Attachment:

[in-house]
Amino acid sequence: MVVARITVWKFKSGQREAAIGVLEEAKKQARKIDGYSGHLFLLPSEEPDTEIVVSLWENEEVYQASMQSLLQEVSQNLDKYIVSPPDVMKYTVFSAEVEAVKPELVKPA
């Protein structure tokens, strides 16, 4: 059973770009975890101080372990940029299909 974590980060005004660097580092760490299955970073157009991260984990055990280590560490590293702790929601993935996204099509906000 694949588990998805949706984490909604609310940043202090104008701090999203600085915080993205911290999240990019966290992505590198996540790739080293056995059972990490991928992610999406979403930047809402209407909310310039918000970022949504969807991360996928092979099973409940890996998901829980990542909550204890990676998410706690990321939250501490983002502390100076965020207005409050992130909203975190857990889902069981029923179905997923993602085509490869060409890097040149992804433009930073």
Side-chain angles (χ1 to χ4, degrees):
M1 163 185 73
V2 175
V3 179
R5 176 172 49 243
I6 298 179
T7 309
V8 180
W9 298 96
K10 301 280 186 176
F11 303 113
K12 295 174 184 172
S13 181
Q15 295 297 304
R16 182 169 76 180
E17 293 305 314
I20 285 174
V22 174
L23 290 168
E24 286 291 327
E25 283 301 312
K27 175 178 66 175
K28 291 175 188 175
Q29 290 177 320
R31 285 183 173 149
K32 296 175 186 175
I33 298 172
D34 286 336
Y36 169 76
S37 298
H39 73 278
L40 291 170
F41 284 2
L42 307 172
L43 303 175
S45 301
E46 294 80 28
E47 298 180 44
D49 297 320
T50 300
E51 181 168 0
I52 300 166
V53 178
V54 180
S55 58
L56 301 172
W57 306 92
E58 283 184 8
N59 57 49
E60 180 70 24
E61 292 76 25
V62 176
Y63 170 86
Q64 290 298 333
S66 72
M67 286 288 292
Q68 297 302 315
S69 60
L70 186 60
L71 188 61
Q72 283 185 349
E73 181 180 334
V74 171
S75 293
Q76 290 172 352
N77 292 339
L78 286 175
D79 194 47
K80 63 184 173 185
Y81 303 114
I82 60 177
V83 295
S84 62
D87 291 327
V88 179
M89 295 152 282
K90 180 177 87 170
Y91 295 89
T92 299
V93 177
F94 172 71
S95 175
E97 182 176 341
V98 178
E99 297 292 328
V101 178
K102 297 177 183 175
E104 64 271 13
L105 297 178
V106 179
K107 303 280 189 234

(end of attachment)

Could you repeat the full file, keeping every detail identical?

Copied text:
[in-house]
Amino acid sequence: MVVARITVWKFKSGQREAAIGVLEEAKKQARKIDGYSGHLFLLPSEEPDTEIVVSLWENEEVYQASMQSLLQEVSQNLDKYIVSPPDVMKYTVFSAEVEAVKPELVKPA
């Protein structure tokens, strides 16, 4: 059973770009975890101080372990940029299909 974590980060005004660097580092760490299955970073157009991260984990055990280590560490590293702790929601993935996204099509906000 694949588990998805949706984490909604609310940043202090104008701090999203600085915080993205911290999240990019966290992505590198996540790739080293056995059972990490991928992610999406979403930047809402209407909310310039918000970022949504969807991360996928092979099973409940890996998901829980990542909550204890990676998410706690990321939250501490983002502390100076965020207005409050992130909203975190857990889902069981029923179905997923993602085509490869060409890097040149992804433009930073």
Side-chain angles (χ1 to χ4, degrees):
M1 163 185 73
V2 175
V3 179
R5 176 172 49 243
I6 298 179
T7 309
V8 180
W9 298 96
K10 301 280 186 176
F11 303 113
K12 295 174 184 172
S13 181
Q15 295 297 304
R16 182 169 76 180
E17 293 305 314
I20 285 174
V22 174
L23 290 168
E24 286 291 327
E25 283 301 312
K27 175 178 66 175
K28 291 175 188 175
Q29 290 177 320
R31 285 183 173 149
K32 296 175 186 175
I33 298 172
D34 286 336
Y36 169 76
S37 298
H39 73 278
L40 291 170
F41 284 2
L42 307 172
L43 303 175
S45 301
E46 294 80 28
E47 298 180 44
D49 297 320
T50 300
E51 181 168 0
I52 300 166
V53 178
V54 180
S55 58
L56 301 172
W57 306 92
E58 283 184 8
N59 57 49
E60 180 70 24
E61 292 76 25
V62 176
Y63 170 86
Q64 290 298 333
S66 72
M67 286 288 292
Q68 297 302 315
S69 60
L70 186 60
L71 188 61
Q72 283 185 349
E73 181 180 334
V74 171
S75 293
Q76 290 172 352
N77 292 339
L78 286 175
D79 194 47
K80 63 184 173 185
Y81 303 114
I82 60 177
V83 295
S84 62
D87 291 327
V88 179
M89 295 152 282
K90 180 177 87 170
Y91 295 89
T92 299
V93 177
F94 172 71
S95 175
E97 182 176 341
V98 178
E99 297 292 328
V101 178
K102 297 177 183 175
E104 64 271 13
L105 297 178
V106 179
K107 303 280 189 234